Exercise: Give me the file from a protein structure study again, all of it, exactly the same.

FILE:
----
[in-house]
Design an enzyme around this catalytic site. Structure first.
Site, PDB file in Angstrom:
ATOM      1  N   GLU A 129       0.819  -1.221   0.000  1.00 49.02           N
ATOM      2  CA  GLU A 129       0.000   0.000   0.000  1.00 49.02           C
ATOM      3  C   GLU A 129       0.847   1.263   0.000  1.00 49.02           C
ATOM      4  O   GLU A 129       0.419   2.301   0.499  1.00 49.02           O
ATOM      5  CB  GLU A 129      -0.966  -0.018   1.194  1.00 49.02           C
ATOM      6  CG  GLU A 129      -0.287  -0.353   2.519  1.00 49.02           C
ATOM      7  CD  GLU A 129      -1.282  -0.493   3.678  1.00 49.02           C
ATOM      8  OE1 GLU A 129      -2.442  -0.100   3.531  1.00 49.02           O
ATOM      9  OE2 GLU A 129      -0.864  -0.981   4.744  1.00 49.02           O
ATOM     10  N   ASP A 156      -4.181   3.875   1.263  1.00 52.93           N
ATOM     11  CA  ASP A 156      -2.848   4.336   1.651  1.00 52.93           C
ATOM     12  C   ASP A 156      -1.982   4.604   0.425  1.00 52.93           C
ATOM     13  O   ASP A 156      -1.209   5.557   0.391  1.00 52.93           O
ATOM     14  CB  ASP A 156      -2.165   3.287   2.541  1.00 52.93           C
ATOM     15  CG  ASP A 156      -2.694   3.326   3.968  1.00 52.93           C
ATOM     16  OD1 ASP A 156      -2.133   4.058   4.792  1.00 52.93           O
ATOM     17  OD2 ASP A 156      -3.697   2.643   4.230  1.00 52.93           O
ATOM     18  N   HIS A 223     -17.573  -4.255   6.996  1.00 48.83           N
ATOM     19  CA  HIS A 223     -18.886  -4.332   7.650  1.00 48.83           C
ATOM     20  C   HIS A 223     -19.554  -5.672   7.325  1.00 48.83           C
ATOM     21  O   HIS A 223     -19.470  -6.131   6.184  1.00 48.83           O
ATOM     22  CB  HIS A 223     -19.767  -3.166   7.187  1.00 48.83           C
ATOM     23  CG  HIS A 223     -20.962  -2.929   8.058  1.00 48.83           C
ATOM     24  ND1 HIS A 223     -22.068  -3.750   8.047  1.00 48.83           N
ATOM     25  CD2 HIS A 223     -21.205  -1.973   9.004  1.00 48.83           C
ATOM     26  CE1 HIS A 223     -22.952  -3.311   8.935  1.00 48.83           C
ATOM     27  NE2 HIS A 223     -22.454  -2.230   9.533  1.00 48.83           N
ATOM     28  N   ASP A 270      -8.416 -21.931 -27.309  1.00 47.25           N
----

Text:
[in-house]
Design an enzyme around this catalytic site. Structure first.
Site, PDB file in Angstrom:
ATOM      1  N   GLU A 129       0.819  -1.221   0.000  1.00 49.02           N
ATOM      2  CA  GLU A 129       0.000   0.000   0.000  1.00 49.02           C
ATOM      3  C   GLU A 129       0.847   1.263   0.000  1.00 49.02           C
ATOM      4  O   GLU A 129       0.419   2.301   0.499  1.00 49.02           O
ATOM      5  CB  GLU A 129      -0.966  -0.018   1.194  1.00 49.02           C
ATOM      6  CG  GLU A 129      -0.287  -0.353   2.519  1.00 49.02           C
ATOM      7  CD  GLU A 129      -1.282  -0.493   3.678  1.00 49.02           C
ATOM      8  OE1 GLU A 129      -2.442  -0.100   3.531  1.00 49.02           O
ATOM      9  OE2 GLU A 129      -0.864  -0.981   4.744  1.00 49.02           O
ATOM     10  N   ASP A 156      -4.181   3.875   1.263  1.00 52.93           N
ATOM     11  CA  ASP A 156      -2.848   4.336   1.651  1.00 52.93           C
ATOM     12  C   ASP A 156      -1.982   4.604   0.425  1.00 52.93           C
ATOM     13  O   ASP A 156      -1.209   5.557   0.391  1.00 52.93           O
ATOM     14  CB  ASP A 156      -2.165   3.287   2.541  1.00 52.93           C
ATOM     15  CG  ASP A 156      -2.694   3.326   3.968  1.00 52.93           C
ATOM     16  OD1 ASP A 156      -2.133   4.058   4.792  1.00 52.93           O
ATOM     17  OD2 ASP A 156      -3.697   2.643   4.230  1.00 52.93           O
ATOM     18  N   HIS A 223     -17.573  -4.255   6.996  1.00 48.83           N
ATOM     19  CA  HIS A 223     -18.886  -4.332   7.650  1.00 48.83           C
ATOM     20  C   HIS A 223     -19.554  -5.672   7.325  1.00 48.83           C
ATOM     21  O   HIS A 223     -19.470  -6.131   6.184  1.00 48.83           O
ATOM     22  CB  HIS A 223     -19.767  -3.166   7.187  1.00 48.83           C
ATOM     23  CG  HIS A 223     -20.962  -2.929   8.058  1.00 48.83           C
ATOM     24  ND1 HIS A 223     -22.068  -3.750   8.047  1.00 48.83           N
ATOM     25  CD2 HIS A 223     -21.205  -1.973   9.004  1.00 48.83           C
ATOM     26  CE1 HIS A 223     -22.952  -3.311   8.935  1.00 48.83           C
ATOM     27  NE2 HIS A 223     -22.454  -2.230   9.533  1.00 48.83           N
ATOM     28  N   ASP A 270      -8.416 -21.931 -27.309  1.00 47.25           N